Photo: iStock
Photo: iStock

You are eligible for the PF interest even if your account has been inoperative

You are also eligible for the interest earned on the PF, even though you account has not been operative for 3 years continuously, as the restriction of inoperative account not earning any interest was removed in April 2016

I recently lost my job where I was earning Rs80,000 per month. After staying unemployed for 5 months, I took up a job that is now paying me Rs50,000 per month. I have an EMI of Rs25,000 for the next 7 years. My investments are—Rs35 lakh in fixed deposits, Rs2 lakh lump sum in mutual funds and Rs5 lakh in PPF. I also have a flat, which I can sell but don’t want to give on rent. I am short by Rs15,000 every month.

—Rahul Lalwani

Your monthly income coming down has put a pressure on your cash flows. First, check if your monthly take-home salary can be increased. You are earning Rs50,000, expenses are Rs40,000, and the shortfall is of Rs15,000. If there are taxes being deducted from your income, check whether you have optimized tax savings under section 80C of the income-tax Act. If not, then part of your existing savings can be invested in a tax-saving mutual fund (cap of Rs1.5 lakh), called equity-linked savings scheme (ELSS). Another option is to give your apartment on rent. If you don’t want to do that, based on the surroundings and market expectations, you need to decide to hold or sell the property.

Lastly, there is an option of using the income from the existing investment corpus. Most of your investment assets are in bank fixed deposits and a very small amount in mutual funds. You need to reinvest the bank deposits, and do consider mutual funds. You can see options with moderate risk and categories such as equity savings funds, and balanced funds. The monthly income can be started via Systematic Withdrawal Plan (SWP), wherein a regular fixed amount is redeemed every month, but not more than the expected income growth rate of the said asset.

I am 56 and had been working in a reputed company for 30 years. The company closed in August 2014, and it has been more than 3 years since, and the matter is currently in court. Can I withdraw my provident fund (PF) amount before attaining the age of 58? Will I continue to get interest even after 36 months? Should I wait for the case to be decided by the court?

—Name withheld on request

It is not clear why your company had to shut down after being in business for decades. And as the matter is sub judice, it is difficult for anyone to comment on this.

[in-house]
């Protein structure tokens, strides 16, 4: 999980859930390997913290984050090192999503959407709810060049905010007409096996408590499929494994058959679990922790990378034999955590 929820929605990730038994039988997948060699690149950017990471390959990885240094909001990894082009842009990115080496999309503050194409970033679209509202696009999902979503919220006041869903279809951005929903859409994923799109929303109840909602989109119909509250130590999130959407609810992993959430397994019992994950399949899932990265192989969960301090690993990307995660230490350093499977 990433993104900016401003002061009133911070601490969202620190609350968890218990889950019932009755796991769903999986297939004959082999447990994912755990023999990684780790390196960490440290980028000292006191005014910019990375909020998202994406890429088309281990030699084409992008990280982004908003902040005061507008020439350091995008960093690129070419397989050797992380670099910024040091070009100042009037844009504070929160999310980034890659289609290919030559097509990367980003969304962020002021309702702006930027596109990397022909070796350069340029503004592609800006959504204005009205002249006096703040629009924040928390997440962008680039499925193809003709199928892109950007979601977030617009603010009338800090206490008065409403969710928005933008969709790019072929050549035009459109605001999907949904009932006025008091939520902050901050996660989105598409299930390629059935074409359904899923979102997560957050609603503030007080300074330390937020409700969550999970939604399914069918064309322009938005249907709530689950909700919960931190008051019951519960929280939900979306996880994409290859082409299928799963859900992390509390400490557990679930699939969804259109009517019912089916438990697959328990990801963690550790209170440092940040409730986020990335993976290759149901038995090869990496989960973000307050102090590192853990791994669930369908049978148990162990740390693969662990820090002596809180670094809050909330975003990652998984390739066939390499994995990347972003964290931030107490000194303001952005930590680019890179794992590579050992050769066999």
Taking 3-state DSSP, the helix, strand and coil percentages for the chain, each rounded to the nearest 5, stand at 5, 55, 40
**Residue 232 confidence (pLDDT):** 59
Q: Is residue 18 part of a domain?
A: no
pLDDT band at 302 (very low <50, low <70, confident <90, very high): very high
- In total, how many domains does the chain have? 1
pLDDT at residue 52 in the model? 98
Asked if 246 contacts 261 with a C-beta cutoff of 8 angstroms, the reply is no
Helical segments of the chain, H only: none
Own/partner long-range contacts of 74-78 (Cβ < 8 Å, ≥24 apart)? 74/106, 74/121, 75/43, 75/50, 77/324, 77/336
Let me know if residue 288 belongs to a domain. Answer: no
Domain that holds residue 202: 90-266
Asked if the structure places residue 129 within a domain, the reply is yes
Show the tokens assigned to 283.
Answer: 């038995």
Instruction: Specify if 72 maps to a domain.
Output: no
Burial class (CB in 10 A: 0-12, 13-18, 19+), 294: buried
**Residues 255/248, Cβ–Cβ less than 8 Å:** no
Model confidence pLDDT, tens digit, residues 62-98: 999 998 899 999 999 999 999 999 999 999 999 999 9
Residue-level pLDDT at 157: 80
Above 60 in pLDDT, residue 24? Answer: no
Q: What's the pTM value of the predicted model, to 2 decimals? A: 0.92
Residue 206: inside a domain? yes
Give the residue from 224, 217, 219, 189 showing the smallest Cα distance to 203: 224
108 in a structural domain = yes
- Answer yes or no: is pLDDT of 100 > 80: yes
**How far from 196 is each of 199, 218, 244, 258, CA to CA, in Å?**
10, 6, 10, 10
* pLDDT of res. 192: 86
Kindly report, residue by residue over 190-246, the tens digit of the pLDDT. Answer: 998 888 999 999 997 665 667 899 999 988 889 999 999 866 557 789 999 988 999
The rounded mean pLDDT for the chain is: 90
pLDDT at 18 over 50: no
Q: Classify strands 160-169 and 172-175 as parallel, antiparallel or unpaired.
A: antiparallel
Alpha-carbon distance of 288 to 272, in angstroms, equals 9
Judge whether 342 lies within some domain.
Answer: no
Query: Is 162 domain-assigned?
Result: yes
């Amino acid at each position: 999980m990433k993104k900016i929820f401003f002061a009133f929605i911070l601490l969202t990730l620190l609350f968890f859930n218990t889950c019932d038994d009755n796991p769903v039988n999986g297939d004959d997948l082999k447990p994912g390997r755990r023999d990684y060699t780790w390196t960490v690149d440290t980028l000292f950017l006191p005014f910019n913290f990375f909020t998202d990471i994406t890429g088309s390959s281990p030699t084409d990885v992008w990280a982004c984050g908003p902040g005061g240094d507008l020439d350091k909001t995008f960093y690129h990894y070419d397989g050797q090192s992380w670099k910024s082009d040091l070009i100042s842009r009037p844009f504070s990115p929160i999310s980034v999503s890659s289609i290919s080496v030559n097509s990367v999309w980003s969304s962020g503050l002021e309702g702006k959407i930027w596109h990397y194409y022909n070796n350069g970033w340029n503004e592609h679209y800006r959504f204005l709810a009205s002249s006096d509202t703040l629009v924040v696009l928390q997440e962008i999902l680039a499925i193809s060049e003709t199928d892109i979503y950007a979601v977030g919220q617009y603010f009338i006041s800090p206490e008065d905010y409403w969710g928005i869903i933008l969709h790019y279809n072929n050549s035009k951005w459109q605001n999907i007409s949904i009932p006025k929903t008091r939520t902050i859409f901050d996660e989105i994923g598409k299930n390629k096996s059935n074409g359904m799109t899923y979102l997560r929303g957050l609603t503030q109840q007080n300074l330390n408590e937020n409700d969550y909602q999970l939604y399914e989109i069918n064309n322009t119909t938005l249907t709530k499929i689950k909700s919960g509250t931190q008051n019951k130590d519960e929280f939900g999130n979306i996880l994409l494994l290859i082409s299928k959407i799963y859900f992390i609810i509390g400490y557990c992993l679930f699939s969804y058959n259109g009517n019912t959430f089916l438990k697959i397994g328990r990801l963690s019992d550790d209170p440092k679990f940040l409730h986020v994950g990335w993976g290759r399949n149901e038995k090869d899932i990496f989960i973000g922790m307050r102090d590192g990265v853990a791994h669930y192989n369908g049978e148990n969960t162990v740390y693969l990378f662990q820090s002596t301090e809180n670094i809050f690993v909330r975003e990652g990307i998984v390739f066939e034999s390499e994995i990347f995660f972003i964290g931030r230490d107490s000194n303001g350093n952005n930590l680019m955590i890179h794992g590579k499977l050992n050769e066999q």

For your query regarding withdrawal of PF, you can surrender and withdraw the deposit. The PF can be withdrawn after you have left the organisation and hence in this specific case, the age of 58 years should not have an impact. You are also eligible for the interest earned on the PF, even though you account has not been operative for 3 years continuously, as the restriction of inoperative account not earning any interest was removed in April 2016. But it would be prudent to follow up with the court proceedings as there could be some restrictions imposed by the honourable court, which you will need to adhere to.

When the Reserve Bank of India (RBI) reduces the repo rate, customers get the benefit of lower rates but when the RBI increases repo rate, is there any effect on marginal cost of funds based lending rate (MCLR)? Will the bank revise its MCLR immediately after the RBI raises repo rate? Is it beneficial for us to convert from base rate to MCLR system?

—Prachi Saini

Whenever RBI reduces the repo rate—the rate at which RBI lends money to banks—it is expected that banks will do the same by reducing the interest rates at which it lends to its customers. However, there is a reasonable time gap and delay between the time when the RBI reduces the repo rate and the time it takes the banks to pass the benefit to its customers. Many a times, the central bank has had to push banks to pass on the benefit. At the same time, the reverse was not true, i.e., when RBI increased the repo rate, the banks were quick enough to pass the burden to their customers. So, to reduce the gap of benefit being passed by the banks, the central bank changed the benchmark of lending rates from base rate to MCLR. You need to review the borrowing cost and check the merits of moving from the base rate to the MCLR rate since there is supposed to be faster impact of any change in interest rates with the latter.

Surya Bhatia is managing partner of Asset Managers. Queries and views at